On Tuesdays, during the summer you can go for a Full Lake Cruise. Sunday brunch, daily lunch, and dinner cruises are also available.
If you don’t have a lot of time, try the Minne Ha Ha for a one-hour paddle wheel cruise (offered several times per day).
Tickets range from $17-28/person. Book online or call (518) 668-5777 ext. 4 to reserve.
If you’re interested in the history of this region, there’s no better place to check out than the Fort William Henry Museum.
You see, Lake George (and all the waterways on the Hudson River, stretching from New York City to the St. Lawrence River) were strategic highways and trade routes back in the 1700s when roads didn’t stretch the entirety of the state.
This lead to a number of conflicts between the colonial empires of Great Britain and France, most notably the French and Indian War.
In 1755, the French traveled to the southern end of Lake Champlain and began work on Fort Carillon (now Fort Ticonderoga).
In response, to protect their colonies, the English sent William Johnson to the south end of Lac du Saint Sacrement, which he renamed Lake George. He began to work on a fortification to be named Fort William Henry after two royal grandsons.
Fort William Henry would serve as a staging ground for attacks against French entrenchments and to protect the important inland waterways from New York City to Montreal.
In July 1757 the French attacked, cutting off reinforcements from the south and the British surrendered on August 9, 1757.
The museum today explores what it was like to be at the outpost in the wilderness in 1757. What did it feel like being the front line in defense of the British colonies from the French?
There are guided tours presented by guides dressed in 18th-century military uniform who will explain life in a British fort, weapons and warfare including live firing demonstrations of musket and cannon.
There are also self-guided tours where you can roam the exhibits in the museum halls, parade ground, and ramparts. If you’ve ever seen the movie The Last of the Mohicans, it captures the mood of the events that happened here.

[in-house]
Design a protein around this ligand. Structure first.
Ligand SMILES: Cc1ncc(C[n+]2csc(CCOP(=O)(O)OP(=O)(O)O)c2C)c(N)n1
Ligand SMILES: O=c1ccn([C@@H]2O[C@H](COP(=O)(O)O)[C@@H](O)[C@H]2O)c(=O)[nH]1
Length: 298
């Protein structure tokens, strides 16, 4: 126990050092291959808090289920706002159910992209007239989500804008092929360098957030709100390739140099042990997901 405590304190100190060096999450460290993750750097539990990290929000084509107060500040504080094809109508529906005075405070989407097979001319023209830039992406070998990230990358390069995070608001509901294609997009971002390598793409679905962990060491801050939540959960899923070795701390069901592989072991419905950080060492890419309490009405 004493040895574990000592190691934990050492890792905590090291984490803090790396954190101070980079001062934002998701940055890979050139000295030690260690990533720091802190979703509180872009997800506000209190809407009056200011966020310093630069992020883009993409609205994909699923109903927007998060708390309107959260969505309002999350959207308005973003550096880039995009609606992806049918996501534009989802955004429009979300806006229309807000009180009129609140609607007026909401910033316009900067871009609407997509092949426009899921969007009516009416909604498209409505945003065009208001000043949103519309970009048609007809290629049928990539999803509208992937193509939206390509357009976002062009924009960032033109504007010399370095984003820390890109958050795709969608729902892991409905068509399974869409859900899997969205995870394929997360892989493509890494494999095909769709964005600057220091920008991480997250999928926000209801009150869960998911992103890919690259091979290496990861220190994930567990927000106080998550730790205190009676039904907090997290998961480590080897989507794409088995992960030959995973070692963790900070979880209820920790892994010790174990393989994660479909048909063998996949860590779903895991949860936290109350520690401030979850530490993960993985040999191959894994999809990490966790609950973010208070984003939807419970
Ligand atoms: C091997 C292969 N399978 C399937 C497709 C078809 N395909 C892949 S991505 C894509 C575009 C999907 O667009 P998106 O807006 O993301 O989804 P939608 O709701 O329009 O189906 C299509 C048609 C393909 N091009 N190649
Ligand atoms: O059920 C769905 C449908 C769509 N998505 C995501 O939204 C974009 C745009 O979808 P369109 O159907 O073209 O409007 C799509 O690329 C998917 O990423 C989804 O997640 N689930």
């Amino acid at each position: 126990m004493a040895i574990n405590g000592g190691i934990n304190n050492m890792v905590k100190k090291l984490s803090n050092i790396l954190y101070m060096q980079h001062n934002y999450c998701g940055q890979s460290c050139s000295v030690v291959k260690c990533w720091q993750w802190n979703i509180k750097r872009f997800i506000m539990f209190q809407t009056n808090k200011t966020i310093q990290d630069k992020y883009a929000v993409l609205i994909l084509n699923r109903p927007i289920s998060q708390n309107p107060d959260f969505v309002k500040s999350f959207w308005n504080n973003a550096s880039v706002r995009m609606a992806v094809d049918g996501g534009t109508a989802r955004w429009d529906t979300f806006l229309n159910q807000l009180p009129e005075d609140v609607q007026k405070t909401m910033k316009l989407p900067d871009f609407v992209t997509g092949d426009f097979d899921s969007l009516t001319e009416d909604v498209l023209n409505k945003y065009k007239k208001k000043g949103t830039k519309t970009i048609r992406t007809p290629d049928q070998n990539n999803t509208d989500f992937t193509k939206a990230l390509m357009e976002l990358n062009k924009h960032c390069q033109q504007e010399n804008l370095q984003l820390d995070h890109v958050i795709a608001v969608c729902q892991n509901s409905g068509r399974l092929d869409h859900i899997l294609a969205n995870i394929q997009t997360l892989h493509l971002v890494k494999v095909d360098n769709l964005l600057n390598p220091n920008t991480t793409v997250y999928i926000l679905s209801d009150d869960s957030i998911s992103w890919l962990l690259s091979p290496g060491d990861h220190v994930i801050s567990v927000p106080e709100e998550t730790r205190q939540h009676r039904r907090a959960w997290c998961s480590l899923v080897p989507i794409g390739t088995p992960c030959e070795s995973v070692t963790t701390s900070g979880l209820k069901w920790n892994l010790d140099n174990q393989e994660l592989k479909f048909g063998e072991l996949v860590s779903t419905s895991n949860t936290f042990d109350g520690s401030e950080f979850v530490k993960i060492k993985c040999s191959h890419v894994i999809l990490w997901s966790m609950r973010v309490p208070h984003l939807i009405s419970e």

Tickets are $19.50/person.
If you want a similar history without paying, look no further than the Lake George Battlefield State Campground.
In 1755, the Battle of Lake George was fought here and Battlefield Park hosts a self-guided historical interpretive path with educational information.
And yes, you can camp here! The campground offers 68 RV sites with a 45-foot max RV length. There are no hookups but there are picnic tables, grills, potable water, flush toilets, hot showers, and a dump station.
For More Great Campgrounds and Adventures…
Check out our 7-Day Adventure Guide to the Adirondacks! We provide a suggested route and itinerary, links to multiple campgrounds and boondocking spots, and the best spots to see along the way.
Looking for Even More Expert RV Travel suggestions?
We've written a library of RV Travel books that lay out seven-day guided explorations of scenic areas of the US that we'’ve explored and think would make an excellent RV trip for you.
In each location, we provide a suggested route and itinerary (7 stops in each guide, one for each day of a week trip!) as well as links to multiple campgrounds and boondocking spots, local tips, and interesting things to do at each location.
You can hit everything in seven days, do a whirlwind weekend tour, or you can take your time and explore the area over a 2+ week period.